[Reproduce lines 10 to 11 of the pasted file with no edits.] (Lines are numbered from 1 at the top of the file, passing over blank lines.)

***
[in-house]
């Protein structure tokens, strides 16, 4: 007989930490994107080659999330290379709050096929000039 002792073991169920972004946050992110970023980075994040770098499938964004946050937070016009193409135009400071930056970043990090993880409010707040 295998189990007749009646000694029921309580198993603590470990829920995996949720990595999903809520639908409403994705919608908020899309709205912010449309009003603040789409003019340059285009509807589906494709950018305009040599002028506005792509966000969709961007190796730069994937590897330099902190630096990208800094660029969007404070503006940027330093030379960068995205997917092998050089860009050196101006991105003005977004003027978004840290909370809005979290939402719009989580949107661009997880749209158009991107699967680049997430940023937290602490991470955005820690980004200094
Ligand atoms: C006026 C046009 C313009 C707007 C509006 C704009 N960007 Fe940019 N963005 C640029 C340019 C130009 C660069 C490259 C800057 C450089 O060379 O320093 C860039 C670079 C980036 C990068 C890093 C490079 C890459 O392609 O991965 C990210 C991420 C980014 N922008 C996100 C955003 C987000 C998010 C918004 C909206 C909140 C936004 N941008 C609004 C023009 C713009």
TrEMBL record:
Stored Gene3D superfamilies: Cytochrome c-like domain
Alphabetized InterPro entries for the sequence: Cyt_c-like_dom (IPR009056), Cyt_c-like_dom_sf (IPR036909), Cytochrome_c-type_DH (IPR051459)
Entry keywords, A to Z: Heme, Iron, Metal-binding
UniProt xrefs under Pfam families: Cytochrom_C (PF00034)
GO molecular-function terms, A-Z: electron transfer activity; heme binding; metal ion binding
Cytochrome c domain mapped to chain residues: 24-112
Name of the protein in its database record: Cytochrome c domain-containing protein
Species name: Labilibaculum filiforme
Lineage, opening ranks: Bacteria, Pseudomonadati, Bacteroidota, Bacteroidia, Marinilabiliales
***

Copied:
Cytochrome c domain mapped to chain residues: 24-112
Name of the protein in its database record: Cytochrome c domain-containing protein